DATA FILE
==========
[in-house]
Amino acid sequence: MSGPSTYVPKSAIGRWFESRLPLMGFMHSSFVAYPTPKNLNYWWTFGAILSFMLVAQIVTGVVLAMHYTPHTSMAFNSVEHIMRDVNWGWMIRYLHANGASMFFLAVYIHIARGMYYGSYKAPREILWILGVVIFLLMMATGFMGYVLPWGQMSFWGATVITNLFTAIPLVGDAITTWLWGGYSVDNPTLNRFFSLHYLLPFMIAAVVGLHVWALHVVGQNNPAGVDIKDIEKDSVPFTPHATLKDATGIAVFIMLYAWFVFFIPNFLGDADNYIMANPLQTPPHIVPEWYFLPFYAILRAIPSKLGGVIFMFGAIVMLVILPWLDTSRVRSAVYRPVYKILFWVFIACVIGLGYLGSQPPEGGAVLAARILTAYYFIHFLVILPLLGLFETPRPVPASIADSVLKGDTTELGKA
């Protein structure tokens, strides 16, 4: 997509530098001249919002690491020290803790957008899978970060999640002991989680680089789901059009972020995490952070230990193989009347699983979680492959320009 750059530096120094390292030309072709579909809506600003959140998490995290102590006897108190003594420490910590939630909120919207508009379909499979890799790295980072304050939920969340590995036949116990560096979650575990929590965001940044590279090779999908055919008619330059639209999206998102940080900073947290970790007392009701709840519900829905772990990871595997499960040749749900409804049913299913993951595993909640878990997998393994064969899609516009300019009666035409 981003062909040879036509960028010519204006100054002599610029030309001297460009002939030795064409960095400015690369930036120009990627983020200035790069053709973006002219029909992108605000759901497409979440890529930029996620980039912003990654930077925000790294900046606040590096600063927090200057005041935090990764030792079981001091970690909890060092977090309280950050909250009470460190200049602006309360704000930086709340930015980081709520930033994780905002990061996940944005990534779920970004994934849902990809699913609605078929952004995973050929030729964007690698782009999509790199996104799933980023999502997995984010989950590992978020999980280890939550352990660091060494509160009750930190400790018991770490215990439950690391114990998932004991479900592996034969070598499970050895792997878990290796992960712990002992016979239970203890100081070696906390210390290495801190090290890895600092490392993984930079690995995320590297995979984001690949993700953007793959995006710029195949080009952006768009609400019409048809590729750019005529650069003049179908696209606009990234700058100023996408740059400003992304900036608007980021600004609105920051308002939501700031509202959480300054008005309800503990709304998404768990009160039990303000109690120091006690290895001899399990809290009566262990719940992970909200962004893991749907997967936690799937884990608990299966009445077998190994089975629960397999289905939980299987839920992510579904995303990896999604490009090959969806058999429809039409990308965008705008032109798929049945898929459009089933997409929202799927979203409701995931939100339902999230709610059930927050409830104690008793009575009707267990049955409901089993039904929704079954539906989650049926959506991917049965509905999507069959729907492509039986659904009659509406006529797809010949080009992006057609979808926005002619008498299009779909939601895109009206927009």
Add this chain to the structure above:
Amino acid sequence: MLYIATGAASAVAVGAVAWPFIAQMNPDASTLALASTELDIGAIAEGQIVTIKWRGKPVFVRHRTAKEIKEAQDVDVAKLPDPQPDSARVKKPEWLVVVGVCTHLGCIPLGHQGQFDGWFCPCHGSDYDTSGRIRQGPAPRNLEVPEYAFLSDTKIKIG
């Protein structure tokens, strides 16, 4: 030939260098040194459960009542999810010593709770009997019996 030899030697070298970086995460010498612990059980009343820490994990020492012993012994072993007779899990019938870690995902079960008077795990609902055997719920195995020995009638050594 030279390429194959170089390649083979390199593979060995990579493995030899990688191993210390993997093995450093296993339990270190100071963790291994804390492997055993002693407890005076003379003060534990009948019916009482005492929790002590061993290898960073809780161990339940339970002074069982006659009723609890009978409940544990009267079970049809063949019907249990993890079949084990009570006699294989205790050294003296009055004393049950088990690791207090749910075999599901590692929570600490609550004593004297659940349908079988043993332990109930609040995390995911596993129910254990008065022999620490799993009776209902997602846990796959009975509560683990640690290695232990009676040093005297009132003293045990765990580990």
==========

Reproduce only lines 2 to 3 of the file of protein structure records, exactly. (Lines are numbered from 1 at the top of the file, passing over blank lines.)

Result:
Amino acid sequence: MSGPSTYVPKSAIGRWFESRLPLMGFMHSSFVAYPTPKNLNYWWTFGAILSFMLVAQIVTGVVLAMHYTPHTSMAFNSVEHIMRDVNWGWMIRYLHANGASMFFLAVYIHIARGMYYGSYKAPREILWILGVVIFLLMMATGFMGYVLPWGQMSFWGATVITNLFTAIPLVGDAITTWLWGGYSVDNPTLNRFFSLHYLLPFMIAAVVGLHVWALHVVGQNNPAGVDIKDIEKDSVPFTPHATLKDATGIAVFIMLYAWFVFFIPNFLGDADNYIMANPLQTPPHIVPEWYFLPFYAILRAIPSKLGGVIFMFGAIVMLVILPWLDTSRVRSAVYRPVYKILFWVFIACVIGLGYLGSQPPEGGAVLAARILTAYYFIHFLVILPLLGLFETPRPVPASIADSVLKGDTTELGKA
């Protein structure tokens, strides 16, 4: 997509530098001249919002690491020290803790957008899978970060999640002991989680680089789901059009972020995490952070230990193989009347699983979680492959320009 750059530096120094390292030309072709579909809506600003959140998490995290102590006897108190003594420490910590939630909120919207508009379909499979890799790295980072304050939920969340590995036949116990560096979650575990929590965001940044590279090779999908055919008619330059639209999206998102940080900073947290970790007392009701709840519900829905772990990871595997499960040749749900409804049913299913993951595993909640878990997998393994064969899609516009300019009666035409 981003062909040879036509960028010519204006100054002599610029030309001297460009002939030795064409960095400015690369930036120009990627983020200035790069053709973006002219029909992108605000759901497409979440890529930029996620980039912003990654930077925000790294900046606040590096600063927090200057005041935090990764030792079981001091970690909890060092977090309280950050909250009470460190200049602006309360704000930086709340930015980081709520930033994780905002990061996940944005990534779920970004994934849902990809699913609605078929952004995973050929030729964007690698782009999509790199996104799933980023999502997995984010989950590992978020999980280890939550352990660091060494509160009750930190400790018991770490215990439950690391114990998932004991479900592996034969070598499970050895792997878990290796992960712990002992016979239970203890100081070696906390210390290495801190090290890895600092490392993984930079690995995320590297995979984001690949993700953007793959995006710029195949080009952006768009609400019409048809590729750019005529650069003049179908696209606009990234700058100023996408740059400003992304900036608007980021600004609105920051308002939501700031509202959480300054008005309800503990709304998404768990009160039990303000109690120091006690290895001899399990809290009566262990719940992970909200962004893991749907997967936690799937884990608990299966009445077998190994089975629960397999289905939980299987839920992510579904995303990896999604490009090959969806058999429809039409990308965008705008032109798929049945898929459009089933997409929202799927979203409701995931939100339902999230709610059930927050409830104690008793009575009707267990049955409901089993039904929704079954539906989650049926959506991917049965509905999507069959729907492509039986659904009659509406006529797809010949080009992006057609979808926005002619008498299009779909939601895109009206927009």